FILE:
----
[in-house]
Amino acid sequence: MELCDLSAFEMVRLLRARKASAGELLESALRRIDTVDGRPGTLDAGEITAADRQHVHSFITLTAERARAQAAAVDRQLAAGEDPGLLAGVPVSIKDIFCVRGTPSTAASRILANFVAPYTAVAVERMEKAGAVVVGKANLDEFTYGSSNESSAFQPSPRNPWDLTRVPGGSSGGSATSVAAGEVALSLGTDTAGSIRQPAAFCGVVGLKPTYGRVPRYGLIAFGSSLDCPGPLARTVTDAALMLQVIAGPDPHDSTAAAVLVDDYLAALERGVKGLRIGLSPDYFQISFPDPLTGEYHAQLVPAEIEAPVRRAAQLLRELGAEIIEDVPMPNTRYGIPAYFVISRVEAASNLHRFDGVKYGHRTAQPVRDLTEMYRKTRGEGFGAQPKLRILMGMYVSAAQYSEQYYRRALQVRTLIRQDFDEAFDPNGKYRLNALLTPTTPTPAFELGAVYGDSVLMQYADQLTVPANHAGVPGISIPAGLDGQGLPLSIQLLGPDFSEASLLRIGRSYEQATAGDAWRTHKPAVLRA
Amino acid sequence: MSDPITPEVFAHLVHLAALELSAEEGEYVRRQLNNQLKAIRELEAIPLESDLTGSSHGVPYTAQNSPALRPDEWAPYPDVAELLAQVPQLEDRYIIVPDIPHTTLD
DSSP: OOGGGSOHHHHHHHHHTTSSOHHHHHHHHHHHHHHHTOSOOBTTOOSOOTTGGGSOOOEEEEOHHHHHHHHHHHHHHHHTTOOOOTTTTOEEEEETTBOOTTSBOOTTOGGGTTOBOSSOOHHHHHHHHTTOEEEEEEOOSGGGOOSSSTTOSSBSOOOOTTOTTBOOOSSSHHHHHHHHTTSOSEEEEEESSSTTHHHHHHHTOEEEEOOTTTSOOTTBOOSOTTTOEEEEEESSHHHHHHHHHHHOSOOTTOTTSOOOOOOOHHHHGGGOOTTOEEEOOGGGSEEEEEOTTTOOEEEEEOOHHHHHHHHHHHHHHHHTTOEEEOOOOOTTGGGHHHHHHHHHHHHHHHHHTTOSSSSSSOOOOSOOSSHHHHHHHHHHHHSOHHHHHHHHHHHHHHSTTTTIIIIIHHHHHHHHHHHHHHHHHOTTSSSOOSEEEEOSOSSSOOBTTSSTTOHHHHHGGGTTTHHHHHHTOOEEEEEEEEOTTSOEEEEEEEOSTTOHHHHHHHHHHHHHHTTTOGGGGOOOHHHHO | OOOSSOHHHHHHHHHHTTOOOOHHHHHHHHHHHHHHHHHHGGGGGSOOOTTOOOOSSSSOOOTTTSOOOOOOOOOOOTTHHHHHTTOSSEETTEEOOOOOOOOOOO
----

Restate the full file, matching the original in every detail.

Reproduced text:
[in-house]
Amino acid sequence: MELCDLSAFEMVRLLRARKASAGELLESALRRIDTVDGRPGTLDAGEITAADRQHVHSFITLTAERARAQAAAVDRQLAAGEDPGLLAGVPVSIKDIFCVRGTPSTAASRILANFVAPYTAVAVERMEKAGAVVVGKANLDEFTYGSSNESSAFQPSPRNPWDLTRVPGGSSGGSATSVAAGEVALSLGTDTAGSIRQPAAFCGVVGLKPTYGRVPRYGLIAFGSSLDCPGPLARTVTDAALMLQVIAGPDPHDSTAAAVLVDDYLAALERGVKGLRIGLSPDYFQISFPDPLTGEYHAQLVPAEIEAPVRRAAQLLRELGAEIIEDVPMPNTRYGIPAYFVISRVEAASNLHRFDGVKYGHRTAQPVRDLTEMYRKTRGEGFGAQPKLRILMGMYVSAAQYSEQYYRRALQVRTLIRQDFDEAFDPNGKYRLNALLTPTTPTPAFELGAVYGDSVLMQYADQLTVPANHAGVPGISIPAGLDGQGLPLSIQLLGPDFSEASLLRIGRSYEQATAGDAWRTHKPAVLRA
Amino acid sequence: MSDPITPEVFAHLVHLAALELSAEEGEYVRRQLNNQLKAIRELEAIPLESDLTGSSHGVPYTAQNSPALRPDEWAPYPDVAELLAQVPQLEDRYIIVPDIPHTTLD
DSSP: OOGGGSOHHHHHHHHHTTSSOHHHHHHHHHHHHHHHTOSOOBTTOOSOOTTGGGSOOOEEEEOHHHHHHHHHHHHHHHHTTOOOOTTTTOEEEEETTBOOTTSBOOTTOGGGTTOBOSSOOHHHHHHHHTTOEEEEEEOOSGGGOOSSSTTOSSBSOOOOTTOTTBOOOSSSHHHHHHHHTTSOSEEEEEESSSTTHHHHHHHTOEEEEOOTTTSOOTTBOOSOTTTOEEEEEESSHHHHHHHHHHHOSOOTTOTTSOOOOOOOHHHHGGGOOTTOEEEOOGGGSEEEEEOTTTOOEEEEEOOHHHHHHHHHHHHHHHHTTOEEEOOOOOTTGGGHHHHHHHHHHHHHHHHHTTOSSSSSSOOOOSOOSSHHHHHHHHHHHHSOHHHHHHHHHHHHHHSTTTTIIIIIHHHHHHHHHHHHHHHHHOTTSSSOOSEEEEOSOSSSOOBTTSSTTOHHHHHGGGTTTHHHHHHTOOEEEEEEEEOTTSOEEEEEEEOSTTOHHHHHHHHHHHHHHTTTOGGGGOOOHHHHO | OOOSSOHHHHHHHHHHTTOOOOHHHHHHHHHHHHHHHHHHGGGGGSOOOTTOOOOSSSSOOOTTTSOOOOOOOOOOOTTHHHHHTTOSSEETTEEOOOOOOOOOOO